Front Page Titles (by Subject) 173.: Letter to Louise Cheuvreux - The Collected Works of Frédéric Bastiat. Vol. 1: The Man and the Statesman: The Correspondence and Articles on Politics
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173.: Letter to Louise Cheuvreux - Frédéric Bastiat, The Collected Works of Frédéric Bastiat. Vol. 1: The Man and the Statesman: The Correspondence and Articles on Politics 
The Collected Works of Frédéric Bastiat. Vol. 1: The Man and the Statesman: The Correspondence and Articles on Politics, translated from the French by Jane and Michel Willems, with an introduction by Jacques de Guenin and Jean-Claude Paul-Dejean. Annotations and Glossaries by Jacques de Guenin, Jean-Claude Paul-Dejean, and David M. Hart. Translation editor Dennis O’Keeffe (Indianapolis: Liberty Fund, 2011).
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Letter to Louise Cheuvreux
Mugron, 11 June 1850
[Lettres d’un habitant des Landes, p. 80]
It was my resolution, firmly taken, to let a full week go by before I wrote to you, for one may well count on the benevolence of friendship, but it should not be abused. However, I think that my haste may be excused, for you tell me that your mother is unwell and I am at the end of the world; I cannot send my rustic maid from the Franche-Comté to the Hôtel Saint-Georges to ask for news.
Here you are at last, finally settled in Fontainebleau, far from any noise. We must hope that a week of retirement and silence will restore all those with damaged health; it was yesterday that I learned of your departure from M. Say. This news had a strange effect on me at first; it was as though a hundred leagues more had come to separate us. This is because, since I have never been to Fontainebleau, my imagination was turned upside down.
I cannot thank you enough, dear demoiselle, for your most affectionate words; you have sent me words that are so sweet that they resemble recollections of harmonies or perfumes which the senses sometimes suddenly remember, mingled with a few childhood memories.
But I sense from your letter that you have not yet recovered your gaiety; let us see if I am mistaken. You have such noble self-control that, when it is necessary, you overcome your emotions, but you lack the carefree spirit that makes people forget them. Your nature will always arouse sympathy and admiration, but it will find it hard in this world to come upon the calm which gives rise to long-lasting gaiety. What do you think of my efforts in psychology? Whether or not they are accurate, I will give them to you; please do not try to change yourself, you will gain nothing from this.
I am leaving tomorrow for Les Eaux-Bonnes; this is just another excuse for this letter. The name Eaux-Bonnes reminds me of the dreadful risk I am running; who knows whether I will not leave it just at the time you arrive? Who knows whether your post chaise will not pass the enormous vehicle which will carry me to Paris in the other direction? You must allow that it would be a big disappointment for me.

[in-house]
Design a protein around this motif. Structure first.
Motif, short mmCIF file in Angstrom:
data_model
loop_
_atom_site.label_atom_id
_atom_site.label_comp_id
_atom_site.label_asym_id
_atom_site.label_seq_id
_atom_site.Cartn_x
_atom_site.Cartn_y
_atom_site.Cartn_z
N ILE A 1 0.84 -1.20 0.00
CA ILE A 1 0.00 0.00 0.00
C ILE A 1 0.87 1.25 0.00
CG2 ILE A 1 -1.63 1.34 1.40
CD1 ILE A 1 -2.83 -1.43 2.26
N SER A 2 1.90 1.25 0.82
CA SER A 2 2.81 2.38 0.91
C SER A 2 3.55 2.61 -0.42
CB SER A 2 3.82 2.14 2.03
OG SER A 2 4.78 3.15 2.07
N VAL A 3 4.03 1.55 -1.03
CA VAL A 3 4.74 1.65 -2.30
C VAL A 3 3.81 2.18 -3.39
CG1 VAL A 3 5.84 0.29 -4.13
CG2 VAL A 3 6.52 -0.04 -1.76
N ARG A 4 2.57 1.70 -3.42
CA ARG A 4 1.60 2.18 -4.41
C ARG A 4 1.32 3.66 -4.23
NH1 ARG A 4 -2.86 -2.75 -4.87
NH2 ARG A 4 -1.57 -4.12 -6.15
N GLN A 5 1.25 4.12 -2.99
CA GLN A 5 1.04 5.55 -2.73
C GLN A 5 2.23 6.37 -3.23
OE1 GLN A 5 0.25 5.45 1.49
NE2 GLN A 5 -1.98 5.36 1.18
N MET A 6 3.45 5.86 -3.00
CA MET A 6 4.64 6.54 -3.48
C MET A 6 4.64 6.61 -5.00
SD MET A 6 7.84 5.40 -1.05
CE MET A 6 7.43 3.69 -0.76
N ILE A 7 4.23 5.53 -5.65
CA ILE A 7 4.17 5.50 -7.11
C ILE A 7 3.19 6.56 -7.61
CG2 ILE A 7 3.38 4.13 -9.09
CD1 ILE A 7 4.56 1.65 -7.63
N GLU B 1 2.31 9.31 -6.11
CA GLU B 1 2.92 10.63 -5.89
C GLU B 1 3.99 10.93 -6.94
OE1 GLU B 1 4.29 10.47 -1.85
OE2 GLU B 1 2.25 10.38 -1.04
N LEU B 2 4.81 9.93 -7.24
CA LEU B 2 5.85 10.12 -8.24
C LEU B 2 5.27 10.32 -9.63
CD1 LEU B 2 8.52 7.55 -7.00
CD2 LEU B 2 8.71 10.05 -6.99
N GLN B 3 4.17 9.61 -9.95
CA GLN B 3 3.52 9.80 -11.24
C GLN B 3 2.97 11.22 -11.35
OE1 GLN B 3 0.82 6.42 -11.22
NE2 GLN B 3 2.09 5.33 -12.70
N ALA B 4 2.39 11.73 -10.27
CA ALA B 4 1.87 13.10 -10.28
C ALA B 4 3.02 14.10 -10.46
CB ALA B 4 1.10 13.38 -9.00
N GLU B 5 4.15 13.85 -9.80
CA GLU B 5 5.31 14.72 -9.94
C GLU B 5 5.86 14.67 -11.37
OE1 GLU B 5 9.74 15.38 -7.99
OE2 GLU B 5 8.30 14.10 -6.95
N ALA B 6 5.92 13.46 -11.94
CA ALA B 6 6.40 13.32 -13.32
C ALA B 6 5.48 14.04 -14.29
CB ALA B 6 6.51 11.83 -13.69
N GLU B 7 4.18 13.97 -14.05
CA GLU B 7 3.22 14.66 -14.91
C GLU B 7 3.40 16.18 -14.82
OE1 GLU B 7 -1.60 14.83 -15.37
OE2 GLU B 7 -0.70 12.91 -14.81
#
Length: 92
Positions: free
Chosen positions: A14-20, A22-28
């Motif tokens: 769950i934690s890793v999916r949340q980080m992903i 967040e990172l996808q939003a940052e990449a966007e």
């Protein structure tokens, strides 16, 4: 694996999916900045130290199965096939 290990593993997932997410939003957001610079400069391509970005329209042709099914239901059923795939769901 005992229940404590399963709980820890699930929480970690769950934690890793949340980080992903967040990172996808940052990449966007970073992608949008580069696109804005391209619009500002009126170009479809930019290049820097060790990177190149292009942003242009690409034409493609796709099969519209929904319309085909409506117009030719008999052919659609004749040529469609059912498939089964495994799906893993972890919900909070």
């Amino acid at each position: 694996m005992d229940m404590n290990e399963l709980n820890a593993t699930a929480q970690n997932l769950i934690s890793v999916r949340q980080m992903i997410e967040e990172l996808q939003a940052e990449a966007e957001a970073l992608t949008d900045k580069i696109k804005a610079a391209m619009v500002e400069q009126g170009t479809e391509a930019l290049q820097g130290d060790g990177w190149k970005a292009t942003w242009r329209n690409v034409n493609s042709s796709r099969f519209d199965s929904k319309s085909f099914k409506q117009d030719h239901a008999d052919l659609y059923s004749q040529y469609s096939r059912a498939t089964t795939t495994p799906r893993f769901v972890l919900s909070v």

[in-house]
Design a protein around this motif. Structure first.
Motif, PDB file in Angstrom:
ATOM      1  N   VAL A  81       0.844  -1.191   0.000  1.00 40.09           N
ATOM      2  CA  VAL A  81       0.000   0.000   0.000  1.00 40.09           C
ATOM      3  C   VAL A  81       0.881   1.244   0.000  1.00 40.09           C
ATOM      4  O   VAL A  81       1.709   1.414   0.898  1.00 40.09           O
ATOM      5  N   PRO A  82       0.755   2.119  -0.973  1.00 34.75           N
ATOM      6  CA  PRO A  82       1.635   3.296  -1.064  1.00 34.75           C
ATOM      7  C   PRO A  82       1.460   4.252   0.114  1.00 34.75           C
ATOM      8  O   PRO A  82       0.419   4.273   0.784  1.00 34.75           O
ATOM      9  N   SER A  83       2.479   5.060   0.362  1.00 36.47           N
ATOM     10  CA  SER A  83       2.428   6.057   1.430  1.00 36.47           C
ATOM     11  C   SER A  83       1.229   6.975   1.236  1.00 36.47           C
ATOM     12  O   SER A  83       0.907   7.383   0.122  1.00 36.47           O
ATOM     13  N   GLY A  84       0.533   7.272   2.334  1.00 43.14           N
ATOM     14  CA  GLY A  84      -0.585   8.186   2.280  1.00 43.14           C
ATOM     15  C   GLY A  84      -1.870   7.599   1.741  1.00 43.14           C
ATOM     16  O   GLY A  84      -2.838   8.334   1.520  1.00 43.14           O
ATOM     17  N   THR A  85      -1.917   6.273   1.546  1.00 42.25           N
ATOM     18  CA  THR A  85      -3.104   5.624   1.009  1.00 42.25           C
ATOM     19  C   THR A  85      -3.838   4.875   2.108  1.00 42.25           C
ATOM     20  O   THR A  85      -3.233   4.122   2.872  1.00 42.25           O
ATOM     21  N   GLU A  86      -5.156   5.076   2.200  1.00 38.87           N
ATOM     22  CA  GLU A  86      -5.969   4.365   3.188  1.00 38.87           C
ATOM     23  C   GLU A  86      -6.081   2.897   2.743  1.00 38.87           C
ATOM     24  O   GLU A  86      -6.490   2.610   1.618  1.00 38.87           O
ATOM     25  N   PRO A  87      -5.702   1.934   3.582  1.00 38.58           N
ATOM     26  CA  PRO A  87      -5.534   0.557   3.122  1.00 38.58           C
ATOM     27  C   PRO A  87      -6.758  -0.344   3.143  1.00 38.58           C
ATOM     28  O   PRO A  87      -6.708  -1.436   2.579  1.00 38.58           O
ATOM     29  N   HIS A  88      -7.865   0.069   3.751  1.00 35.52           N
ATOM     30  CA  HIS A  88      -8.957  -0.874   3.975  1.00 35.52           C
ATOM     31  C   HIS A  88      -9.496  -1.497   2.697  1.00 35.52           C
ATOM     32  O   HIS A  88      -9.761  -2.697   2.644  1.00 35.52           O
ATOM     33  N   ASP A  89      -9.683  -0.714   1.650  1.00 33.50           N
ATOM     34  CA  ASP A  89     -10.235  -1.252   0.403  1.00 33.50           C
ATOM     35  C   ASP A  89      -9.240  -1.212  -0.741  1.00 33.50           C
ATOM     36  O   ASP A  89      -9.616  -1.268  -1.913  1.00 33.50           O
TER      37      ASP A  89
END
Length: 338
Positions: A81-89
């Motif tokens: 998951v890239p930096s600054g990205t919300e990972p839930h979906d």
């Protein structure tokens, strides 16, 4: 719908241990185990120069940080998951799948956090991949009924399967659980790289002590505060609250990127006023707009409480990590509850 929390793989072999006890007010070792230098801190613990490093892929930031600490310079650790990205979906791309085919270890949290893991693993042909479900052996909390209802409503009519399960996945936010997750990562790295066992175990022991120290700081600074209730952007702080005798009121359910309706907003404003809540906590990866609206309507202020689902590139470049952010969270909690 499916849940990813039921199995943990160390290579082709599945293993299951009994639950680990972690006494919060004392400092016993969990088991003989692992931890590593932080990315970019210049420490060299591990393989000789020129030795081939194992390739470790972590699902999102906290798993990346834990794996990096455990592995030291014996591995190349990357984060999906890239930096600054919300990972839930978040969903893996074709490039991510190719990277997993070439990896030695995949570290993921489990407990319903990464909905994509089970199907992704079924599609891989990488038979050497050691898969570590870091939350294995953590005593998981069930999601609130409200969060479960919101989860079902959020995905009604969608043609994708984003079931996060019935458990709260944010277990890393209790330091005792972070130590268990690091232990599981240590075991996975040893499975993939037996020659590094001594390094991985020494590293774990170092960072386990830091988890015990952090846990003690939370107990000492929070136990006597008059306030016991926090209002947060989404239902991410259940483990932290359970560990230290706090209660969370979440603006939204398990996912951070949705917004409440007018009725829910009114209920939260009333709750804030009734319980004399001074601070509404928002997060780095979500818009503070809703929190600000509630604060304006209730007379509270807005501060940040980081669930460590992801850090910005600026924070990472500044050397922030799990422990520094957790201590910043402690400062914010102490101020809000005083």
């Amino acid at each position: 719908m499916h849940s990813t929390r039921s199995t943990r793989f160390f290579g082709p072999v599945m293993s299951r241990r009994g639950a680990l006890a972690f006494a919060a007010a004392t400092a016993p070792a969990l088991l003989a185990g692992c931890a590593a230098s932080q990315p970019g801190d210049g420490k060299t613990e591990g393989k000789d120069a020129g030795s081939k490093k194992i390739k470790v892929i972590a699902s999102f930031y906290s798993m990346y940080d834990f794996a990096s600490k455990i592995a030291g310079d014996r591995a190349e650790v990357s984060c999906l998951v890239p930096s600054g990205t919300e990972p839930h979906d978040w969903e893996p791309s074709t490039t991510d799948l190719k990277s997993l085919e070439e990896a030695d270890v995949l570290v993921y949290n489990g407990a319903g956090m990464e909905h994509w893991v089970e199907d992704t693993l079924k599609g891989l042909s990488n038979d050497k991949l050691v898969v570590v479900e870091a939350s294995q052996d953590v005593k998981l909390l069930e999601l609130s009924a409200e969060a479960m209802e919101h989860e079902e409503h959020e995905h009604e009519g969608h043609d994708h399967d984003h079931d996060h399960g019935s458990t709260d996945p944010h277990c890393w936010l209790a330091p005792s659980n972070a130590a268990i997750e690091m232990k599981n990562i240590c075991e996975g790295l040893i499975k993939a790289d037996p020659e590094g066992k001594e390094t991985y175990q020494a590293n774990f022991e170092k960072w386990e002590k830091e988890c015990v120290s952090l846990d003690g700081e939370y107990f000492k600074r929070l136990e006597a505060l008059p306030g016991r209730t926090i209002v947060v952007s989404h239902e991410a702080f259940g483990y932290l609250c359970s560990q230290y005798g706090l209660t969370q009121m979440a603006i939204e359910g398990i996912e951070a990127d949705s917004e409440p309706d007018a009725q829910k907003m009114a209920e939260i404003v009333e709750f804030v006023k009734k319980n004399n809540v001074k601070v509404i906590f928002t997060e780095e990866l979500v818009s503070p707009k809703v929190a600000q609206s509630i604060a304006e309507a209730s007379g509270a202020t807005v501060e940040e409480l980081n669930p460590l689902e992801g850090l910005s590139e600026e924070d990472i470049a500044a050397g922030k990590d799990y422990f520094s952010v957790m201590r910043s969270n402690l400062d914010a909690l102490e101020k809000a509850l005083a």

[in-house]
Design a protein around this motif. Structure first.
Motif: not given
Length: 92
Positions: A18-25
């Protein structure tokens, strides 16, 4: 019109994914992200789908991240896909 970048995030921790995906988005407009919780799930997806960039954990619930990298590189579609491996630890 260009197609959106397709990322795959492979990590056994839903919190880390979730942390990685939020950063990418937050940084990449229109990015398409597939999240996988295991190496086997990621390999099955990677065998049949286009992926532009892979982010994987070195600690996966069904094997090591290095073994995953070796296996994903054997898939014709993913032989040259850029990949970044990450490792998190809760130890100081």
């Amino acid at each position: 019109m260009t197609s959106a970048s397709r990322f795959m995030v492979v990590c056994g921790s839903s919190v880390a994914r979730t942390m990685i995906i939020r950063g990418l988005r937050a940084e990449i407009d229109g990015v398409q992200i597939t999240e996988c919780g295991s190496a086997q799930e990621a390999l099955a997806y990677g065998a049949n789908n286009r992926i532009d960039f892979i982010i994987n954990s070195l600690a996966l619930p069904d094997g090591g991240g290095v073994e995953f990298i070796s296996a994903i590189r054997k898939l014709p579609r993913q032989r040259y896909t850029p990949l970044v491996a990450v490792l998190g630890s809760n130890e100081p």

Oh, come to the Pyrenees! Come right now to breathe this pure and always fragrant air. Come and enjoy this peaceful corner of nature, such an impressive place. There you will forget the troubles of this winter and politics. There you will avoid the heat of the summer. Every day you will vary your walks and excursions; you will gaze on new marvels and combine strength, health, and moral adaptability with physical exercise. You will have the joy of seeing your father lose sight of all his uncertainties which are now an inseparable part of life in Paris. Take the decision, then. I will take you to Biarritz and Saint-Sebastian in the Basque country; compare the journeys; is this not better than Belgium and Holland?
One writer has said that there are just two types of people in the world, “those that drink beer and those that drink wine.” If you want to know how you earn money, go and see the people who drink beer; if you prefer to see how they laugh, sing, and dance, come and visit the people who drink wine.
I had adopted a few illusions about the effect of the air of my native region; although I am coughing less frequently, I have a slight fever every evening. However, fever and Les Eaux-Bonnes have never been compatible.
I would also like to be cured of a bout of low spirits which I cannot explain. Where has it come from? Is it the result of the doleful changes that Mugron has undergone in the last few years? Is it because ideas fly from me without my having the strength to write them down on paper, to the great detriment of posterity? Is it because . . . is it because? But if I knew, this sadness would have a cause and it does not . . . I will stop there, before starting the boring jeremiads of splenetic dispositions, misunderstood souls or blasé ones, geniuses without recognition or those seeking soul mates, a cursed race that I detest. I prefer that people simply tell me, like Bazile:332 It is your fever, buona sera.
Farewell; tell your father and mother how much I appreciate their remembering me. Farewell; when will I see you all again? Farewell; I repeat this word which is never neutral, since it is the most painful or the most pleasant that can ever cross our lips.
Please be assured, dear demoiselle, of the tender attachment of your devoted servant,
[332 ]A character in Beaumarchais’ plays Le Barbier de Seville and Le Marriage de Figaro.